Known as Chincherinchee it is in Family Asparagaceae or, in Australia, in Hyacinthaceae or Liliaceae.
Native to S.W. Africa it is also seen as Star of Bethlehem a name associated with other species as well.
It is naturalised in some southern areas of Australia where it is an invasive weed.
It is used as a garden plant and for cut flowers.
It grows from a roughly spherical bulb up to 5 cm across.
It does not produce bulbils as some species do.
Each bulb can have up to 12 fleshy, bright green leaves.
These are up to 30 cm long and 6 cm wide with tiny hairs on the edges.
The leafless inflorescence stalk can be up to 1 m high.
The cluster of flowers at the top can be up to 20 cm long with up to 70 flowers.
Initially the cluster is pyramidal with the lower flowers opening first but as those higher up open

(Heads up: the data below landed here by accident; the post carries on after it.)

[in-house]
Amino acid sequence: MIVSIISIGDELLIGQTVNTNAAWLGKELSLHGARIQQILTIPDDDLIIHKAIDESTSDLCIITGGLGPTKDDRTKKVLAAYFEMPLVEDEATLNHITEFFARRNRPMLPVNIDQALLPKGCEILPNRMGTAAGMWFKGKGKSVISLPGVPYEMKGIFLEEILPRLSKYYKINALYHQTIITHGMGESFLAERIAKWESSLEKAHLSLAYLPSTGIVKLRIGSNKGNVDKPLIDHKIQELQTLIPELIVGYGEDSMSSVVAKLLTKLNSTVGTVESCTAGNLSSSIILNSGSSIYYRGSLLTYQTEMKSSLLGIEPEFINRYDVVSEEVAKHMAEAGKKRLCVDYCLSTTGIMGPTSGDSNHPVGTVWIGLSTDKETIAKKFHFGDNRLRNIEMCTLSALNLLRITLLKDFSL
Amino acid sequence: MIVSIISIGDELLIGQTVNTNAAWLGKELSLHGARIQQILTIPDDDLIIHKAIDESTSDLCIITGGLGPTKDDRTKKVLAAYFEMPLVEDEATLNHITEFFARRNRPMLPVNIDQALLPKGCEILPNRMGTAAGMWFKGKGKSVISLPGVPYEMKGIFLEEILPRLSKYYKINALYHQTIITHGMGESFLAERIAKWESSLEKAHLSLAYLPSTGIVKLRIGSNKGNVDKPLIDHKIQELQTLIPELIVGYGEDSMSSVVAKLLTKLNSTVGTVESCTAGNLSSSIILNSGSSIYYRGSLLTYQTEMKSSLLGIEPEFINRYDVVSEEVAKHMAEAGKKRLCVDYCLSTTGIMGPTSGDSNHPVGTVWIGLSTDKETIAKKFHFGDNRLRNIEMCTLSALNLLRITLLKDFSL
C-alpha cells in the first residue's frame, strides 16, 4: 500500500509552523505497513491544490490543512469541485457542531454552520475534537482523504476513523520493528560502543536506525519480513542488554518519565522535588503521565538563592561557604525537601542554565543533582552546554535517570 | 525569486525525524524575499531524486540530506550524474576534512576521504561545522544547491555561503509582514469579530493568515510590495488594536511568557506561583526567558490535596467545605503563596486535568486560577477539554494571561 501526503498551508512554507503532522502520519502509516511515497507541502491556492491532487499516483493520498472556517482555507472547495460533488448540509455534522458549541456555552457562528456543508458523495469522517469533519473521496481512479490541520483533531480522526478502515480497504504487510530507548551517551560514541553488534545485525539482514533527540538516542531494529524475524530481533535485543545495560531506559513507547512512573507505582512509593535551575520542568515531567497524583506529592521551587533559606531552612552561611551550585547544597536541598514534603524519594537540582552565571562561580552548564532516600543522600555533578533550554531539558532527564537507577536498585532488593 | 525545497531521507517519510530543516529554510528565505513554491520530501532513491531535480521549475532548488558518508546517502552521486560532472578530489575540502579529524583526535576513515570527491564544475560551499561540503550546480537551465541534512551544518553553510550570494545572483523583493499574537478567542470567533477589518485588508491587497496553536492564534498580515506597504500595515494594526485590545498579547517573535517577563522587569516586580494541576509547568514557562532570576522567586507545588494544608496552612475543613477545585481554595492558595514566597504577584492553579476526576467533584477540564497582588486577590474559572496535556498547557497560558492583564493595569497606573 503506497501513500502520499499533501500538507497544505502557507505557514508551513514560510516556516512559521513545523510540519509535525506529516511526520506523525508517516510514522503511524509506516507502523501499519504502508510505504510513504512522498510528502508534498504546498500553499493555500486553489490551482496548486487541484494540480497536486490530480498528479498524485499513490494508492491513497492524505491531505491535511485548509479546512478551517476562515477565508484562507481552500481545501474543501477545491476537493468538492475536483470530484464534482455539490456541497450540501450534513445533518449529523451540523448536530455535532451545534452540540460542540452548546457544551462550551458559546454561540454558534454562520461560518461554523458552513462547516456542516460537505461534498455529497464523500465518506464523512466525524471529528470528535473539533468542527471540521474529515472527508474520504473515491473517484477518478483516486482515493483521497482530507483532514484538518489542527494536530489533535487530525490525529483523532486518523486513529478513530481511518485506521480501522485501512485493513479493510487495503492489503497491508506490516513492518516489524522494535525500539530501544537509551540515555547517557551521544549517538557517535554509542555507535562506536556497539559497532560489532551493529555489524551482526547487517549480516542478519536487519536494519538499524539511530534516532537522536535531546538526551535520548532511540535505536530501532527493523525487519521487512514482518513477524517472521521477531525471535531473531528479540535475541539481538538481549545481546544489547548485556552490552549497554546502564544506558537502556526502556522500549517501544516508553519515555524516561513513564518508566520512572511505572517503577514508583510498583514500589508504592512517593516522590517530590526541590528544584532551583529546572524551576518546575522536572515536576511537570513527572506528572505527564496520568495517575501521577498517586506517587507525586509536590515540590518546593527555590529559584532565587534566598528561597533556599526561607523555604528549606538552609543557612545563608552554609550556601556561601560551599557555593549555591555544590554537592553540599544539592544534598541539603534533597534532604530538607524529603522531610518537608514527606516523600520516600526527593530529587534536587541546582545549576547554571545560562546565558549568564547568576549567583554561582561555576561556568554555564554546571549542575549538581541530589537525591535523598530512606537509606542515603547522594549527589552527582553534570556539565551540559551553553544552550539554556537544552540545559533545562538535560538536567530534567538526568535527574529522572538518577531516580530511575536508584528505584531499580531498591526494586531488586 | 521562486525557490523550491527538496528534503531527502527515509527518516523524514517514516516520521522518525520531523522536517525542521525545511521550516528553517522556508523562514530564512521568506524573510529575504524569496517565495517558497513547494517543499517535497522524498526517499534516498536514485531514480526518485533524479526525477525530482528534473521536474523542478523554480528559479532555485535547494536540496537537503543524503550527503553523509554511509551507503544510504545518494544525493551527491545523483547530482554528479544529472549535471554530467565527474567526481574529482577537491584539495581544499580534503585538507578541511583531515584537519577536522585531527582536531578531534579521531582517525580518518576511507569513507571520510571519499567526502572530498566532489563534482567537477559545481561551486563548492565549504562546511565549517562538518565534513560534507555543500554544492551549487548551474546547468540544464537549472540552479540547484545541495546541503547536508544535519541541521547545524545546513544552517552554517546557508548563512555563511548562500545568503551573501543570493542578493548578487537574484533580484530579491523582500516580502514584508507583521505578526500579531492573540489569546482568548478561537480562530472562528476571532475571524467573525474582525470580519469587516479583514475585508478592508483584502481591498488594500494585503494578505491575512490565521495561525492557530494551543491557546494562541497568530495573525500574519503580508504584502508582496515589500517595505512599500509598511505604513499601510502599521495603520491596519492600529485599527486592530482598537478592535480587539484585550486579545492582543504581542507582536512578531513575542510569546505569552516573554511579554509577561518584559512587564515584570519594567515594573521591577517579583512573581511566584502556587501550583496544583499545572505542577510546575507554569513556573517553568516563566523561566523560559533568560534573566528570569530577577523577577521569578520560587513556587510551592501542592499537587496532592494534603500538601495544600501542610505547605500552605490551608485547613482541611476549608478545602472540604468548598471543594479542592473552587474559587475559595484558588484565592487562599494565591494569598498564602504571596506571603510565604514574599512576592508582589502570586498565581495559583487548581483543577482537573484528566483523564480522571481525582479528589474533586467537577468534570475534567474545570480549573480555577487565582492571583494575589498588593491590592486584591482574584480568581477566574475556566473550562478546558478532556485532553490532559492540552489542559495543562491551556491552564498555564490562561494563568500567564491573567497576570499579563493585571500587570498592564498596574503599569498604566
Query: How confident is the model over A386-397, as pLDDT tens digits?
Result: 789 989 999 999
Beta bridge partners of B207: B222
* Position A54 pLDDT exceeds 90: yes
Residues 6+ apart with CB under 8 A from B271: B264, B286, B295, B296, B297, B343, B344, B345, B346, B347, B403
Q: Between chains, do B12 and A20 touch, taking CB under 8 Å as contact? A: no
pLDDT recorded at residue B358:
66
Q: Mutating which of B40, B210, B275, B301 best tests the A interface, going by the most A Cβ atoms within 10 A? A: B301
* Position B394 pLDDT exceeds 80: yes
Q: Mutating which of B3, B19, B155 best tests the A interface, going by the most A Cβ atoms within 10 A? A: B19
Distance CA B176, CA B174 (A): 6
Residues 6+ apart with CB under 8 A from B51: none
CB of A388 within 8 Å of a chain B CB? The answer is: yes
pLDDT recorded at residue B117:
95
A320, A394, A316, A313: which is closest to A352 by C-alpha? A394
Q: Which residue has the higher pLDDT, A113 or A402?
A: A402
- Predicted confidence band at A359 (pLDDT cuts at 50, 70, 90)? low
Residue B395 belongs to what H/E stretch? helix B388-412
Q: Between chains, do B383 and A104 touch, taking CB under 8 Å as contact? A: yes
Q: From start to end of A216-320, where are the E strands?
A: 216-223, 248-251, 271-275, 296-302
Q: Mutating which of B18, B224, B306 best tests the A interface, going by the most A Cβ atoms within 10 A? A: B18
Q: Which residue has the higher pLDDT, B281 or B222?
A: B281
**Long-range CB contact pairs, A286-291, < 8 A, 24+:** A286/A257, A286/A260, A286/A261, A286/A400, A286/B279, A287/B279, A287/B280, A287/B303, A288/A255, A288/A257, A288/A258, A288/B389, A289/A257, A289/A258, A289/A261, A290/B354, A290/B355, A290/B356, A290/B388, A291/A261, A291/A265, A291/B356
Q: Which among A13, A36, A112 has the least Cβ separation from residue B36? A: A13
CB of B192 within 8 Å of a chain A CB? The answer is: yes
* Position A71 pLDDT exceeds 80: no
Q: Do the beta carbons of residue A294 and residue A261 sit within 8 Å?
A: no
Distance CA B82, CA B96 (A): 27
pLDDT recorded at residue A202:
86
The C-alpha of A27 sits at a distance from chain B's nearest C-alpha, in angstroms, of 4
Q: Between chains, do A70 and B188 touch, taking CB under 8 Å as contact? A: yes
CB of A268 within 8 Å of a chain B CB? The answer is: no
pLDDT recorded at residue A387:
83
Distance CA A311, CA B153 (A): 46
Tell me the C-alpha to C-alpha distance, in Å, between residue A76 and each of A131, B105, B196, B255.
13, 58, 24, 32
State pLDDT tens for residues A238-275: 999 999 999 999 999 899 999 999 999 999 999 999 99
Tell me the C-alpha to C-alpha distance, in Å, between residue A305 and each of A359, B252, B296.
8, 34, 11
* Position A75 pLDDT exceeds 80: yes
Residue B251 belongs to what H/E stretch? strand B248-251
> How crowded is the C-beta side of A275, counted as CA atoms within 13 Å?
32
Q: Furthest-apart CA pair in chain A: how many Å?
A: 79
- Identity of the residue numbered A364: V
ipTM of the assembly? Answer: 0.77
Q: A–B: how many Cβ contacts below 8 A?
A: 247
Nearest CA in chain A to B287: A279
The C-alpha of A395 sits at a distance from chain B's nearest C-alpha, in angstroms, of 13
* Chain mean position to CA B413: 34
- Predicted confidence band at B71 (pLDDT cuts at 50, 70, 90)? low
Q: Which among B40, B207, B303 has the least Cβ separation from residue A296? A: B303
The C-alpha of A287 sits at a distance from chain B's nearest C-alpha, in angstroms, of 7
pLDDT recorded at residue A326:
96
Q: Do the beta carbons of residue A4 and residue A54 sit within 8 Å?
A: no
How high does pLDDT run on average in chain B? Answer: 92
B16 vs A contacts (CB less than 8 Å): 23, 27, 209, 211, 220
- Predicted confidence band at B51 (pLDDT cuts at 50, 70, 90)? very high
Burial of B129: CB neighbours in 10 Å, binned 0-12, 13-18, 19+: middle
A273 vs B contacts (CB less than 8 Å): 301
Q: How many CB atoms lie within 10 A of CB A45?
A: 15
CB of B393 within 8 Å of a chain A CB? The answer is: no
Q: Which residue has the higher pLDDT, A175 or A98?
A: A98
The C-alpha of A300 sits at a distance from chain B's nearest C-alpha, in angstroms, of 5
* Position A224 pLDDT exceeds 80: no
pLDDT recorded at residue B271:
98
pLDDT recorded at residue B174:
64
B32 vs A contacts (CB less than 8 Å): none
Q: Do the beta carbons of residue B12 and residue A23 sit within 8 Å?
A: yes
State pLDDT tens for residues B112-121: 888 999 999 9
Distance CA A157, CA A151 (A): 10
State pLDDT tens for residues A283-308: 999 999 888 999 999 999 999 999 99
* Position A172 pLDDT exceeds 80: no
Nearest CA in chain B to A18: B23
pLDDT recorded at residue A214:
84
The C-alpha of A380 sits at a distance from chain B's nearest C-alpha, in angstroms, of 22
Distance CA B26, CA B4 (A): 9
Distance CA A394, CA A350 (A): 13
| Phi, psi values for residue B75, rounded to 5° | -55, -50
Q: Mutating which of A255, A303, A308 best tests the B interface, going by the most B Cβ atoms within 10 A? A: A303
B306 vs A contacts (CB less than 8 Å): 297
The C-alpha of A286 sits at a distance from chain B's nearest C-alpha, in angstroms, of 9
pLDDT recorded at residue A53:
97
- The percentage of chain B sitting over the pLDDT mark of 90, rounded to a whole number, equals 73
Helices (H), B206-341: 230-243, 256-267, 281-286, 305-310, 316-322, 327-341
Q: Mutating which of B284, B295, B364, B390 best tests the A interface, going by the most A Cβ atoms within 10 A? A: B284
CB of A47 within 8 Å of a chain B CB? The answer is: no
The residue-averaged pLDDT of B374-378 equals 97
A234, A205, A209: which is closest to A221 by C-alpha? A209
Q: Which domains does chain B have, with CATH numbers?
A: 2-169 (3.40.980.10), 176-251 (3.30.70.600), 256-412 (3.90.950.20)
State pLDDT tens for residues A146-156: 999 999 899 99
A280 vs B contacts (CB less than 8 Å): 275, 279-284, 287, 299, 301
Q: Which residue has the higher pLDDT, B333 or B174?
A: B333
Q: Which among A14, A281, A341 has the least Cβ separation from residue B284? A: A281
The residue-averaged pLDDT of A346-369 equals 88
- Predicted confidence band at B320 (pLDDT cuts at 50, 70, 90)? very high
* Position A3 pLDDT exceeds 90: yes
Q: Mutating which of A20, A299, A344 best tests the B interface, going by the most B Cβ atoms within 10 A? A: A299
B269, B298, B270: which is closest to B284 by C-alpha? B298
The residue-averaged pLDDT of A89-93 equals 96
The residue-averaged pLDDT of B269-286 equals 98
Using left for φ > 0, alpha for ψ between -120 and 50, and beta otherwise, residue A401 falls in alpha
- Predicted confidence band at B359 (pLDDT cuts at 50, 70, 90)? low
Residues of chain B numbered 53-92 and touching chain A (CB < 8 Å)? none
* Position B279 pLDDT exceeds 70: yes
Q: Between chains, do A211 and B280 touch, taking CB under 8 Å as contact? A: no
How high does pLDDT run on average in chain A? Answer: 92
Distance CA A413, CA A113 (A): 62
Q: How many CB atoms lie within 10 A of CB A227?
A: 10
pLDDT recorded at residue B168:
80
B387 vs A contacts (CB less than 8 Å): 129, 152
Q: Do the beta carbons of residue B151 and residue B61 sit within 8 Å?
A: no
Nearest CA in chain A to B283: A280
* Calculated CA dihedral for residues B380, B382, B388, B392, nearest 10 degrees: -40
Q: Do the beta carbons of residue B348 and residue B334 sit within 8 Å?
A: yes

it becomes more ovoid or spherical.
Each flower is on a pedicel up to 5 cm long with a short bracteole at the base.
The shallow cup-shaped flowers are 4 to 5 cm across.
The 6 white tepals, in 2 whorls are ovate to oblong with a pointed tip.
When the flowers open the tepals usually have a green area at the base.
This gradually fades and it may be absent in older flowers.
There is no green stripe on the outer surface.
The 6 stamens are in 2 whorls with the outer 3 opposite the outer tepals and the inner 3 opposite the inner tepals.
The outer 3 stamens have flat white filaments with a broad base.
The inner three have linear filaments with very wide thin appendages on either side of the base.
The dorsifixed anthers open inwards via longitudinal slits.
The green to greenish-brown, oblong ovary is superior.
The single apical style is slightly shorter than the ovary.
It has a small 3-lobed stigma with papillae.
The fruit are loculicidal capsules.
There are some cultivars.